WFH: DAY 33/LENT 2. 8.00 am: A communion:
8.30 am: Preparations for the day that presented itself. Thursdays are always singular — devoted to one task: tutoring my third-year painters. 9.00 am: The first tutorial:
I forget that students can still be laid low with all the other commoner illnesses that were hanging in the air long before Covid-19. One was laid up, today. Again, most students confessed to having had an unusually lousy week. Outside my studio/tutorial room/lecture theatre/office (they’re all one, these days), the weather changed from glorious to lugubrious and back again in a moment. So much like our moods, at times. During one tutorial, a jet aircraft flew low above my house; moments later, I could hear the same roar as it passed over the rooftops (in Aberystwyth) where my tutee was calling from. How strange.
1.30 pm: I checked the integrity of tomorrow’s Art/Sound PowerPoints. Like many things you put away in a box for two years in between uses, there’s no guarantee that they’ll work perfectly when you get them back out again. And I’d rather know that now than during the lectures. 2.00 pm: An absentee gave me time to catch up on admin, while listening to some my mixes in the background. Miles Davis once advised, something to the effect that, you need to listen for what can be left out. ‘I did, Mr Davis. I did!’ 3.00 pm: Onwards with tutorials until the end of the day.
Some observations and principles derived from today’s engagements:
- T: ‘Sometimes you persuade yourself that if things are either going wrong with a painting, or the painting isn’t come easily, or you’re floundering, then there must be something amiss. Rather, you should regard this experience as one of the necessary and normative conditions for making art. If you enjoy a period in your work when things go swimmingly, and a painting falls in place effortlessly, then that experience, and not the above, is the anomaly — a welcome gift and compensation for all those times when you strove hard, desperately, and fruitlessly.’
- T: ‘How we’re feeling, emotionally and psychologically, necessarily has an impact on our capacity to work. Of late, I’ve been impressed by my students’ tenacity to fight-on in the face of discouragement. They’ve refused to relent, and persisted against the odds. More positively, working at home and in isolation has instilled in them disciplines — in terms of time management, working intensity, and working intelligence — that they may not have acquired in the School’s studios (under normal circumstances). These difficult days will pay dividends if they become professional artists, later on.’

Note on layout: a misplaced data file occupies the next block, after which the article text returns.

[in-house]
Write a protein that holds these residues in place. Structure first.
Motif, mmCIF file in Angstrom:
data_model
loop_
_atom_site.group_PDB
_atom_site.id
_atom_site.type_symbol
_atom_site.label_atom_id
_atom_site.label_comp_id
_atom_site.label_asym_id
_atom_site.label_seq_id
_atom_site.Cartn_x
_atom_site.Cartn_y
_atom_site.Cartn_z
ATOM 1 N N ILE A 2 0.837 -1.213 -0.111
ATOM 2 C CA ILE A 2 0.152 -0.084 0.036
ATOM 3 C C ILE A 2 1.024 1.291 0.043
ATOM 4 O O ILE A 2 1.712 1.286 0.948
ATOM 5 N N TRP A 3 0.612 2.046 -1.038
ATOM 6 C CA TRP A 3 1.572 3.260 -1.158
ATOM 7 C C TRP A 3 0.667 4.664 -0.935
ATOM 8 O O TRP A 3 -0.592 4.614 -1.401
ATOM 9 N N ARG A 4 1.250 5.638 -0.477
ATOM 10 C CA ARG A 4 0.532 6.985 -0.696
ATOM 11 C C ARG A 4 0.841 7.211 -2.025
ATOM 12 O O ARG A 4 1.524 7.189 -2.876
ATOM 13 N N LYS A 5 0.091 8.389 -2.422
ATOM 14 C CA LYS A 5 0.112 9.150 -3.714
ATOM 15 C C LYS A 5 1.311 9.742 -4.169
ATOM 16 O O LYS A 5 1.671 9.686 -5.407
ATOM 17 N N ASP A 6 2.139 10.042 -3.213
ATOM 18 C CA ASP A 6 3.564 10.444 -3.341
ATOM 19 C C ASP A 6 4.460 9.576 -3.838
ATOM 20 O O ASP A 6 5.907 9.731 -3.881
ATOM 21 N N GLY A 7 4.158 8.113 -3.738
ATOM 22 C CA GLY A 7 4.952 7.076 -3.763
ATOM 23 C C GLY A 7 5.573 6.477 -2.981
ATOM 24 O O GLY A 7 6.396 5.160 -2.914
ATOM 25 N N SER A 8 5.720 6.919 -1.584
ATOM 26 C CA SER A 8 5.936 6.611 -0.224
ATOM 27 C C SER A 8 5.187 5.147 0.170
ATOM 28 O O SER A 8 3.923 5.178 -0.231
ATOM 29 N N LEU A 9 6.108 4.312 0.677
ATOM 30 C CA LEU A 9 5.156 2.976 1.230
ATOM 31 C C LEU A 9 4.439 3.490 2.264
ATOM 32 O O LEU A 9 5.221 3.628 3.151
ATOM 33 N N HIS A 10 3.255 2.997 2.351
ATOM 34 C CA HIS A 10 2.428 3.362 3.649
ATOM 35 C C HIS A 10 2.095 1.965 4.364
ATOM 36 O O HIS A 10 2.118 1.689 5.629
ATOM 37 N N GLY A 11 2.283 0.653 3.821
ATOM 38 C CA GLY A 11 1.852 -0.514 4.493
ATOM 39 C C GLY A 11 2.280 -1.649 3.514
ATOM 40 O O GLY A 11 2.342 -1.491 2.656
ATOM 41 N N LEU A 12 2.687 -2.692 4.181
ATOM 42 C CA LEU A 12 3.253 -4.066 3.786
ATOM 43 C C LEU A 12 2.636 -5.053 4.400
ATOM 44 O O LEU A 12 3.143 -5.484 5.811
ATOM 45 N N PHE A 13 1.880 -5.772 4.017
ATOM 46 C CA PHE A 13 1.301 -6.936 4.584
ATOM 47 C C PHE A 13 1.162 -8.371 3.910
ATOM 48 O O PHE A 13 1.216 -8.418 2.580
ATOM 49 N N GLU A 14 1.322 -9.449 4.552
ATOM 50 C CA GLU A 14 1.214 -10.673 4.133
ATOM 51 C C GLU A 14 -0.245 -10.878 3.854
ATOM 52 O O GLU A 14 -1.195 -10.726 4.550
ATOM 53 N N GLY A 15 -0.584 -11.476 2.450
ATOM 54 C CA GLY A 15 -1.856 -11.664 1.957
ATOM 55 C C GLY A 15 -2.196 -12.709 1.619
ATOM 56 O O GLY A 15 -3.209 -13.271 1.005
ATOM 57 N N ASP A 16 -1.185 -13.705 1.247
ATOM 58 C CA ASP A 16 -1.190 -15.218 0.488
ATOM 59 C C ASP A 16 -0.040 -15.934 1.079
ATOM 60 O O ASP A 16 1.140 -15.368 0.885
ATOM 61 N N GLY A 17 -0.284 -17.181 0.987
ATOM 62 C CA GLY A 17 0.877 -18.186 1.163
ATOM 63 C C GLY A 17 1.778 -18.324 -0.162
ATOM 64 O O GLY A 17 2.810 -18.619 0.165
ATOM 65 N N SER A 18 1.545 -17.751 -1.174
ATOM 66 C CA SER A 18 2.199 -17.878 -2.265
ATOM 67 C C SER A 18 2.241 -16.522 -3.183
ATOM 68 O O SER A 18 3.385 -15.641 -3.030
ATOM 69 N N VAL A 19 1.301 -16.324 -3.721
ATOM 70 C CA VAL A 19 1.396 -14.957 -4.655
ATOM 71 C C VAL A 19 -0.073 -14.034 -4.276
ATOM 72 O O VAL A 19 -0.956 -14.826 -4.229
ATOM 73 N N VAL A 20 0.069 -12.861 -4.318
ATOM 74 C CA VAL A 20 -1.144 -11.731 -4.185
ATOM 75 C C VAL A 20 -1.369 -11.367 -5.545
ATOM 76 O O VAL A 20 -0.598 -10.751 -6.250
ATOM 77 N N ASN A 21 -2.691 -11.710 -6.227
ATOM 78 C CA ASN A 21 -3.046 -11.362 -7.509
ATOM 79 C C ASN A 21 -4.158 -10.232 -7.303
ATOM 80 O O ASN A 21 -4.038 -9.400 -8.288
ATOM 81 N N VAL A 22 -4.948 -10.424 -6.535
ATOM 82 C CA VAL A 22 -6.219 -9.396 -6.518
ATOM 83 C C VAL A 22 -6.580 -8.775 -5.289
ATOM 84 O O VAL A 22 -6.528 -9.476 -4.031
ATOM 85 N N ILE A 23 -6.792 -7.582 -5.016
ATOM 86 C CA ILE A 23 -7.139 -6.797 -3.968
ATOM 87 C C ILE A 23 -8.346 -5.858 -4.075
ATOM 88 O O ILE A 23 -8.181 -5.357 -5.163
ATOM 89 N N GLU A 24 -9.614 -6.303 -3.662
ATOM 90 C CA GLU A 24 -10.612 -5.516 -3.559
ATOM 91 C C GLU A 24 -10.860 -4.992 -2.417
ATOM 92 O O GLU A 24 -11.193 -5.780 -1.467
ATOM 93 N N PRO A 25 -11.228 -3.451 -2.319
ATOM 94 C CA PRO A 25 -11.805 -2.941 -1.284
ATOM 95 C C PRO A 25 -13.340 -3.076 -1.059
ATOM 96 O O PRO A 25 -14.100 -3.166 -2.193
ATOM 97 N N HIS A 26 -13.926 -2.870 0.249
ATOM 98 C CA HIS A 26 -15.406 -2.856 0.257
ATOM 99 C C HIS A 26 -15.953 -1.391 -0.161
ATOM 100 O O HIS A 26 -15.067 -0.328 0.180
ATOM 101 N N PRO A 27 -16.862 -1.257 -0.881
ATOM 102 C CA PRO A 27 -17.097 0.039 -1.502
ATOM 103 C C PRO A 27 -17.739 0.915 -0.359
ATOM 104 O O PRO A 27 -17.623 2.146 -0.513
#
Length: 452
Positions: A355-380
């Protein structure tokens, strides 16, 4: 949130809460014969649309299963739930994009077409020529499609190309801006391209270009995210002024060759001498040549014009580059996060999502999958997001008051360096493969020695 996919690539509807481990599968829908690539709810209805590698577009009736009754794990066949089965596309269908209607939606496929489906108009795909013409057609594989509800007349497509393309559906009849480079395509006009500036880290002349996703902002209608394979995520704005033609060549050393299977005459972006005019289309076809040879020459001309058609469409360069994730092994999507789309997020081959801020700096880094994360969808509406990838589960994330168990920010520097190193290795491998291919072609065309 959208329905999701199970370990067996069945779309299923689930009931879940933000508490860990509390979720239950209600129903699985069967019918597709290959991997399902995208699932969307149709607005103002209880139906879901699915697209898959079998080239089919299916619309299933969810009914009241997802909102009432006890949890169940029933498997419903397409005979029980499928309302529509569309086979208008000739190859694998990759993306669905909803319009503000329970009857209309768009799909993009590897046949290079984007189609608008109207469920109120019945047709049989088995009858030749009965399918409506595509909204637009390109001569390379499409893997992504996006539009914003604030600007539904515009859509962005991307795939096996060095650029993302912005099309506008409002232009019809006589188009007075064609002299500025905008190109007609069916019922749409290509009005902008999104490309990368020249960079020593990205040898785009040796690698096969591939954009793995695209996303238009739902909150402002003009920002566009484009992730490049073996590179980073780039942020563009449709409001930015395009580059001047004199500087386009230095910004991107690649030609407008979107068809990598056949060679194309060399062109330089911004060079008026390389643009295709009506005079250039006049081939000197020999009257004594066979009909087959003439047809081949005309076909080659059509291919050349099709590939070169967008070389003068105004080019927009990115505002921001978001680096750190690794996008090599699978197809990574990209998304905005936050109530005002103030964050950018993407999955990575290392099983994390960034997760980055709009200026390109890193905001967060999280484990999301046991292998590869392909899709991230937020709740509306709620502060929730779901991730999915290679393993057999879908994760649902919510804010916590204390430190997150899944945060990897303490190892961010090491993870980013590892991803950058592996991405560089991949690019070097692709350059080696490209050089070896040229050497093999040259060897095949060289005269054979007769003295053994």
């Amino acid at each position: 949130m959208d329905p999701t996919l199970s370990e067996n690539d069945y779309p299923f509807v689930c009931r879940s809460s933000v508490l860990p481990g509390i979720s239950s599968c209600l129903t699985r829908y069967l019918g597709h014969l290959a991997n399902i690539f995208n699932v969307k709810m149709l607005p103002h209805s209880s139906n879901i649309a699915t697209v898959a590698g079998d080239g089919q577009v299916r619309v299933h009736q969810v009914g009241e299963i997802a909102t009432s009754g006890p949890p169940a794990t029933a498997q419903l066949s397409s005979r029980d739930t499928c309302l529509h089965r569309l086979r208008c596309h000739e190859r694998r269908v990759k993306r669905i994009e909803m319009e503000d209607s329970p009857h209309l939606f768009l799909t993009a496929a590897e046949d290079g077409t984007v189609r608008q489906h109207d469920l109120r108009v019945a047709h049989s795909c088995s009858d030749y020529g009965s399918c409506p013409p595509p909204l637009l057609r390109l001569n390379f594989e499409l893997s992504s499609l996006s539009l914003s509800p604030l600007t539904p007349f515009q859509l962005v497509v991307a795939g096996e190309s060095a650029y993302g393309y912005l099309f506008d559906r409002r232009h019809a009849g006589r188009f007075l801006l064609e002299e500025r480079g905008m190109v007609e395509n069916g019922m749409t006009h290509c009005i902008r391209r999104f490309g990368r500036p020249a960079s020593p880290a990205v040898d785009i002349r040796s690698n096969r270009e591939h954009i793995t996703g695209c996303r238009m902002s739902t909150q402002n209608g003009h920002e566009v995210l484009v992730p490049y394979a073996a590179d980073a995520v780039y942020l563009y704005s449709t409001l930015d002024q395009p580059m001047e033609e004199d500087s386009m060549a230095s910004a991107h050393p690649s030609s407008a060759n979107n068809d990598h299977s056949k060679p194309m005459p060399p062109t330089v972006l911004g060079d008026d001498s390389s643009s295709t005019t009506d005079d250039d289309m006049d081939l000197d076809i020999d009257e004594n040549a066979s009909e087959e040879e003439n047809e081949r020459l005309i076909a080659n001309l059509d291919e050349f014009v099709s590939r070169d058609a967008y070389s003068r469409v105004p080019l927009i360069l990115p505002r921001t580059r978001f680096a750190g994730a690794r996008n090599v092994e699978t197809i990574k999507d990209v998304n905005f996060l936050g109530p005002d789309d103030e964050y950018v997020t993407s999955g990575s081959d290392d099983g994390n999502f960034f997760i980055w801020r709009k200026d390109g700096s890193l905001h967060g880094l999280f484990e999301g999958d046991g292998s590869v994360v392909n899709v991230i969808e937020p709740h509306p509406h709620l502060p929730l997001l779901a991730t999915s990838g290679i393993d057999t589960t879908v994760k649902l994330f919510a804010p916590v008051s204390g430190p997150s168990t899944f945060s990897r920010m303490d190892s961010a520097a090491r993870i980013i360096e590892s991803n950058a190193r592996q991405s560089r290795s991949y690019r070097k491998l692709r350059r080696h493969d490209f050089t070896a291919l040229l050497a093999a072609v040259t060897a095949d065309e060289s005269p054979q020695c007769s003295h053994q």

- Tiredness and jadedness can have a detrimental impact upon our perception of the work. What once we embraced with enthusiasm and pride, when our spirits were on an even-keel, may seem lifeless, dull, and lacking in any virtue, when viewed through the dark and clouded glass of a downcast state of mind.
- On distinguishing primary and secondary/subject and context distinctions in a painting: ‘Think of a ring. What is the gemstone and what is the gold band that supports it?’
- T: ‘The process is only as complicated as it needs to be.’
- T: ‘Your exhibition should not be a demonstration of all the things that you can do. Rather, it should show clearly and persuasively your capacity to do one or two things exceedingly well.
- T: ‘You can’t determine the direction of your work in advance of making it. The painting is the map, compass, journey, and destination.’
- T: ‘Some problems are for now, and not forever.’
- T: ‘The first version of the painting was like poetry, the last, like prose.’
- T: ‘If you try to please everyone, inevitably you’ll end up not pleasing yourself.’
6.30 pm: Practise session. 7.30 pm: The Thursday evening tidy-up. (In the background: Derek Bailey and DJ Ninj, Guitar, Drums ‘n’ Bass (1996).) I undertook postgraduate admissions, register updates, external examiner admin, and posting a notice regarding Friday’s Art/Sound session:
As a polite forewarning: The first of tomorrow’s lectures is on the relationship between imaging and sound technology, representation, and the supernatural. It includes putative images and sounds of ghosts. If this type of subject matter troubles you, I suggest you give it a miss.
I’d go, for sure.